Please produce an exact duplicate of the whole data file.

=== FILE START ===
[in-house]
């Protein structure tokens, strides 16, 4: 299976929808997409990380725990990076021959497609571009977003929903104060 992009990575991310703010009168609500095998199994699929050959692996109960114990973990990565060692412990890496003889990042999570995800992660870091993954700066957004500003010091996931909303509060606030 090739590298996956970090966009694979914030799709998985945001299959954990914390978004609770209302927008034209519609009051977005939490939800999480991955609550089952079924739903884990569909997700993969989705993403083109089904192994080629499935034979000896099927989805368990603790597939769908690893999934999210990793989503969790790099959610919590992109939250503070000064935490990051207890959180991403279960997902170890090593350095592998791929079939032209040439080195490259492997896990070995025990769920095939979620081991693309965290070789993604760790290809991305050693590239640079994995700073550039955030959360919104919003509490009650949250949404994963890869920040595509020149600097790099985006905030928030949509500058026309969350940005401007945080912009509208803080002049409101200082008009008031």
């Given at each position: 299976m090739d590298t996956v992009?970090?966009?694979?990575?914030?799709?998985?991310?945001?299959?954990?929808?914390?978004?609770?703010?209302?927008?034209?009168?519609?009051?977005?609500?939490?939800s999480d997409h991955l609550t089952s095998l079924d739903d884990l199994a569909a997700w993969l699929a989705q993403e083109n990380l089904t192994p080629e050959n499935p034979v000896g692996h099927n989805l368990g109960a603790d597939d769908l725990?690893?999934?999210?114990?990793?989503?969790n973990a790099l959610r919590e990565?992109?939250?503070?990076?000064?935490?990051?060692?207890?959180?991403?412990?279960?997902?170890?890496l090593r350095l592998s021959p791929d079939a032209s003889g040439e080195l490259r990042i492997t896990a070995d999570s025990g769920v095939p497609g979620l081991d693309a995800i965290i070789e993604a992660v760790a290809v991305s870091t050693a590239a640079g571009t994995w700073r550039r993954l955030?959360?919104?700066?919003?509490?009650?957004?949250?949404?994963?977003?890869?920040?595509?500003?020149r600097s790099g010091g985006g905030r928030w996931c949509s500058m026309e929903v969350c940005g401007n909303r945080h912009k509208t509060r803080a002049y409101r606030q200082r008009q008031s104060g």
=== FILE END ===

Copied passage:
[in-house]
């Protein structure tokens, strides 16, 4: 299976929808997409990380725990990076021959497609571009977003929903104060 992009990575991310703010009168609500095998199994699929050959692996109960114990973990990565060692412990890496003889990042999570995800992660870091993954700066957004500003010091996931909303509060606030 090739590298996956970090966009694979914030799709998985945001299959954990914390978004609770209302927008034209519609009051977005939490939800999480991955609550089952079924739903884990569909997700993969989705993403083109089904192994080629499935034979000896099927989805368990603790597939769908690893999934999210990793989503969790790099959610919590992109939250503070000064935490990051207890959180991403279960997902170890090593350095592998791929079939032209040439080195490259492997896990070995025990769920095939979620081991693309965290070789993604760790290809991305050693590239640079994995700073550039955030959360919104919003509490009650949250949404994963890869920040595509020149600097790099985006905030928030949509500058026309969350940005401007945080912009509208803080002049409101200082008009008031």
């Given at each position: 299976m090739d590298t996956v992009?970090?966009?694979?990575?914030?799709?998985?991310?945001?299959?954990?929808?914390?978004?609770?703010?209302?927008?034209?009168?519609?009051?977005?609500?939490?939800s999480d997409h991955l609550t089952s095998l079924d739903d884990l199994a569909a997700w993969l699929a989705q993403e083109n990380l089904t192994p080629e050959n499935p034979v000896g692996h099927n989805l368990g109960a603790d597939d769908l725990?690893?999934?999210?114990?990793?989503?969790n973990a790099l959610r919590e990565?992109?939250?503070?990076?000064?935490?990051?060692?207890?959180?991403?412990?279960?997902?170890?890496l090593r350095l592998s021959p791929d079939a032209s003889g040439e080195l490259r990042i492997t896990a070995d999570s025990g769920v095939p497609g979620l081991d693309a995800i965290i070789e993604a992660v760790a290809v991305s870091t050693a590239a640079g571009t994995w700073r550039r993954l955030?959360?919104?700066?919003?509490?009650?957004?949250?949404?994963?977003?890869?920040?595509?500003?020149r600097s790099g010091g985006g905030r928030w996931c949509s500058m026309e929903v969350c940005g401007n909303r945080h912009k509208t509060r803080a002049y409101r606030q200082r008009q008031s104060g």